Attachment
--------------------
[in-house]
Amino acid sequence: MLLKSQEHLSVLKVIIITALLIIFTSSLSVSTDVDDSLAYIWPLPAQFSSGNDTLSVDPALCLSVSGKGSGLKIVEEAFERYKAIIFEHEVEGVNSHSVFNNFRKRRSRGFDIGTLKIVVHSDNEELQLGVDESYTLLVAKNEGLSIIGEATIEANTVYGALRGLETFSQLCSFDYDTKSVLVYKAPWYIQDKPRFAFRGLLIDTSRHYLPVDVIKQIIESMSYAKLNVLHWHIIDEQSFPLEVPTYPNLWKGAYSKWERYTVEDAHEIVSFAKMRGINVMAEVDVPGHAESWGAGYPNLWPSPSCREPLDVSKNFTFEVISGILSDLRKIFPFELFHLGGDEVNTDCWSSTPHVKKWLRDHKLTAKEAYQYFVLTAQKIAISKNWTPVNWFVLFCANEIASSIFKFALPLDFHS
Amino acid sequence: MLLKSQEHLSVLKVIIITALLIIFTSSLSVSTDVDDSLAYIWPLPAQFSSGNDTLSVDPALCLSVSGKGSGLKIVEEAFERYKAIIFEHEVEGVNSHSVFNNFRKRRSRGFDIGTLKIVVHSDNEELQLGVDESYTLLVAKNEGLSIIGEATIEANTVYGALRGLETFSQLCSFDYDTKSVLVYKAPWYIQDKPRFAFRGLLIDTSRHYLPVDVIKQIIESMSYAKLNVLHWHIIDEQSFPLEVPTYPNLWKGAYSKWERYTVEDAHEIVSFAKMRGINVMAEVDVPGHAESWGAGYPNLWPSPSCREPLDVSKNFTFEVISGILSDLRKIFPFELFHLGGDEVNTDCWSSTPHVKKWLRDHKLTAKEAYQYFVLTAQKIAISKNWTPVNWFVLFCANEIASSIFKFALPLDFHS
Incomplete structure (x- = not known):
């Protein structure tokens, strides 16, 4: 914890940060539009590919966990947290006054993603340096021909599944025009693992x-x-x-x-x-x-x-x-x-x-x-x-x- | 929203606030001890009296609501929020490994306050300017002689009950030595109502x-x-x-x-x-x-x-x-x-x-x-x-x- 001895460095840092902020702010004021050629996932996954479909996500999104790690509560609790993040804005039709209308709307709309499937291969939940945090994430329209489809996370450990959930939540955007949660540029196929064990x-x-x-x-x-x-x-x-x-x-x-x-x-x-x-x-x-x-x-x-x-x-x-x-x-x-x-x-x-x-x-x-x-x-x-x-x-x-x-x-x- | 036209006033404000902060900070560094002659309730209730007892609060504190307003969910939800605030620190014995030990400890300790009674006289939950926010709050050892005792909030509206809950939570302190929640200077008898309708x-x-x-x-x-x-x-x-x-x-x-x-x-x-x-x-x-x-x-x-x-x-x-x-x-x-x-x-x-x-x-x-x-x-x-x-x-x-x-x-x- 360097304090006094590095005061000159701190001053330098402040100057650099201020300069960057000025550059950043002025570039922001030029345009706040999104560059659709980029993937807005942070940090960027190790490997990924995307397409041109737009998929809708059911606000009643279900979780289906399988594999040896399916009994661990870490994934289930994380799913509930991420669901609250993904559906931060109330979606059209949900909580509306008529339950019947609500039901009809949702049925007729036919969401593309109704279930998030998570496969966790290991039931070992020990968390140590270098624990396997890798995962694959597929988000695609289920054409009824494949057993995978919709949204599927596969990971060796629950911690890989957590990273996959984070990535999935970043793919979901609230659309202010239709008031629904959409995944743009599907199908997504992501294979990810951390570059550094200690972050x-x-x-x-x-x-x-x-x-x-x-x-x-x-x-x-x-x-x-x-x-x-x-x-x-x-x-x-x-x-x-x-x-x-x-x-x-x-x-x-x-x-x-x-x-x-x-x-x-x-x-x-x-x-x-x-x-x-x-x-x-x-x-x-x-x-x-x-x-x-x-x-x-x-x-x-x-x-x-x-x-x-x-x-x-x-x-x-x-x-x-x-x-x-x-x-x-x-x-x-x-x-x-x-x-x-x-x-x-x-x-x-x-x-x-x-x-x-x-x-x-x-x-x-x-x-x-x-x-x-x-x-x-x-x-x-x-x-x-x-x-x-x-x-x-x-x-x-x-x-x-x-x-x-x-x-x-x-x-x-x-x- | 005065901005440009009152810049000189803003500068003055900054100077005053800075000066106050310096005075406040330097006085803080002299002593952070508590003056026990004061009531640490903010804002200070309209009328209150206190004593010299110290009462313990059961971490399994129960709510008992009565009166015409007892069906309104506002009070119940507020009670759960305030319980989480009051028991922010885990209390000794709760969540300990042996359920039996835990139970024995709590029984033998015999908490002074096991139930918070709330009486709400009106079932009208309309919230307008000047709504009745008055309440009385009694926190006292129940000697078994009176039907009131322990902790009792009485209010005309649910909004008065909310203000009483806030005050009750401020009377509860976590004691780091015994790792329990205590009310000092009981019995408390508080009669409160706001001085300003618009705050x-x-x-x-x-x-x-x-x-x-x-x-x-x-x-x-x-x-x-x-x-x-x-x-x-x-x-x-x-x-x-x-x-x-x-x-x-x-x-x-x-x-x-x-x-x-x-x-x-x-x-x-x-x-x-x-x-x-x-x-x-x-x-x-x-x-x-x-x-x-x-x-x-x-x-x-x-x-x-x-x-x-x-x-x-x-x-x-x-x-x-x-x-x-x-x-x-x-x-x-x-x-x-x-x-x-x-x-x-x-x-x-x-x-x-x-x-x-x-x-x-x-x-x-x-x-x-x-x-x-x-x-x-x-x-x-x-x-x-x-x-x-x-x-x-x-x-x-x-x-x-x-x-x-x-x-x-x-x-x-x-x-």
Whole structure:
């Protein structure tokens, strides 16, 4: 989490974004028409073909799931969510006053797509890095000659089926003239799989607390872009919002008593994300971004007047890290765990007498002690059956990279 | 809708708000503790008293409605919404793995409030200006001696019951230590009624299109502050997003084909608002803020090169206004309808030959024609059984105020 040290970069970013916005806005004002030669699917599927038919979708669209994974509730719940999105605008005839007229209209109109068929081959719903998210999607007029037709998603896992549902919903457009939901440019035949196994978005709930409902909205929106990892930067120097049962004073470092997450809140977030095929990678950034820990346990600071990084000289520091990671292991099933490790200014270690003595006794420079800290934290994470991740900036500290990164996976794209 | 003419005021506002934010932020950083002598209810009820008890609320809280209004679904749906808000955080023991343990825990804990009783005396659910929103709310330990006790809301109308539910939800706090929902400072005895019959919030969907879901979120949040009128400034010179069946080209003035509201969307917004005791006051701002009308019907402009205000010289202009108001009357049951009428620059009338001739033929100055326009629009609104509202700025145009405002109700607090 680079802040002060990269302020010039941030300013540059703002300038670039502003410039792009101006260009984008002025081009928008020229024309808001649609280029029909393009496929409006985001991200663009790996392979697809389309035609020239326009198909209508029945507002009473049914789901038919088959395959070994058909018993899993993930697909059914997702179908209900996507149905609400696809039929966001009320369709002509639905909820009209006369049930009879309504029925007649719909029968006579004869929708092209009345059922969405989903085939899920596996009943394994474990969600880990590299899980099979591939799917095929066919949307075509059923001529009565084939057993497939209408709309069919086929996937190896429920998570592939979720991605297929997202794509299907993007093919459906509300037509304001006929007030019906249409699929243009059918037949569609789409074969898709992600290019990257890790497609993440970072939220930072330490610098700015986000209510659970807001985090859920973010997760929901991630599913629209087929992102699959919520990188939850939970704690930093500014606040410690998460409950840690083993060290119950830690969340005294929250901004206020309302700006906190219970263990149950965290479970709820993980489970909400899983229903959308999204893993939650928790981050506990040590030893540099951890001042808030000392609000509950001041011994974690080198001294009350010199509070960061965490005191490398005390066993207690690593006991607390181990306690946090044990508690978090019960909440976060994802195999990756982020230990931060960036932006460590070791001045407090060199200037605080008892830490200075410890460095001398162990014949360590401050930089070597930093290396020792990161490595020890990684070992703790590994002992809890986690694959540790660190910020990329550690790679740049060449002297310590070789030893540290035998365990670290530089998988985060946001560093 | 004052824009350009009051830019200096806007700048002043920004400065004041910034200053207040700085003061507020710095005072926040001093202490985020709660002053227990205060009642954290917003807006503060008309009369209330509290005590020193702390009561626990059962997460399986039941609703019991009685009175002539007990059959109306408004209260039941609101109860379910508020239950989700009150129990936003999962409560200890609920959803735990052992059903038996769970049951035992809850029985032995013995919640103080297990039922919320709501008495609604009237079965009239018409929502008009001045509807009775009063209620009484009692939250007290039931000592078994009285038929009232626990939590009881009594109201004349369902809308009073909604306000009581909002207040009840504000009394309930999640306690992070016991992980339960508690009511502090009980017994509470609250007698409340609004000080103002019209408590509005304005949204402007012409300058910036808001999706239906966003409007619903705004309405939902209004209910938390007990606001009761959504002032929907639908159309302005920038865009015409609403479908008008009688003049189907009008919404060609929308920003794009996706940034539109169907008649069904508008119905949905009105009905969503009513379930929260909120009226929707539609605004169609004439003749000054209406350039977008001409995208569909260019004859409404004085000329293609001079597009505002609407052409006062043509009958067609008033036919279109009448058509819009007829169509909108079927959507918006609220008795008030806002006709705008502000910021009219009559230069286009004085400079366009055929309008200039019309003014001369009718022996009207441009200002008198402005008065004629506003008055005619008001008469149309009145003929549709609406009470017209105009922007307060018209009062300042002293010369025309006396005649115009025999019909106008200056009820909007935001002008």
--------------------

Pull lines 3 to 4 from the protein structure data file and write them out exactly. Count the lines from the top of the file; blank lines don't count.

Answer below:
Amino acid sequence: MLLKSQEHLSVLKVIIITALLIIFTSSLSVSTDVDDSLAYIWPLPAQFSSGNDTLSVDPALCLSVSGKGSGLKIVEEAFERYKAIIFEHEVEGVNSHSVFNNFRKRRSRGFDIGTLKIVVHSDNEELQLGVDESYTLLVAKNEGLSIIGEATIEANTVYGALRGLETFSQLCSFDYDTKSVLVYKAPWYIQDKPRFAFRGLLIDTSRHYLPVDVIKQIIESMSYAKLNVLHWHIIDEQSFPLEVPTYPNLWKGAYSKWERYTVEDAHEIVSFAKMRGINVMAEVDVPGHAESWGAGYPNLWPSPSCREPLDVSKNFTFEVISGILSDLRKIFPFELFHLGGDEVNTDCWSSTPHVKKWLRDHKLTAKEAYQYFVLTAQKIAISKNWTPVNWFVLFCANEIASSIFKFALPLDFHS
Incomplete structure (x- = not known):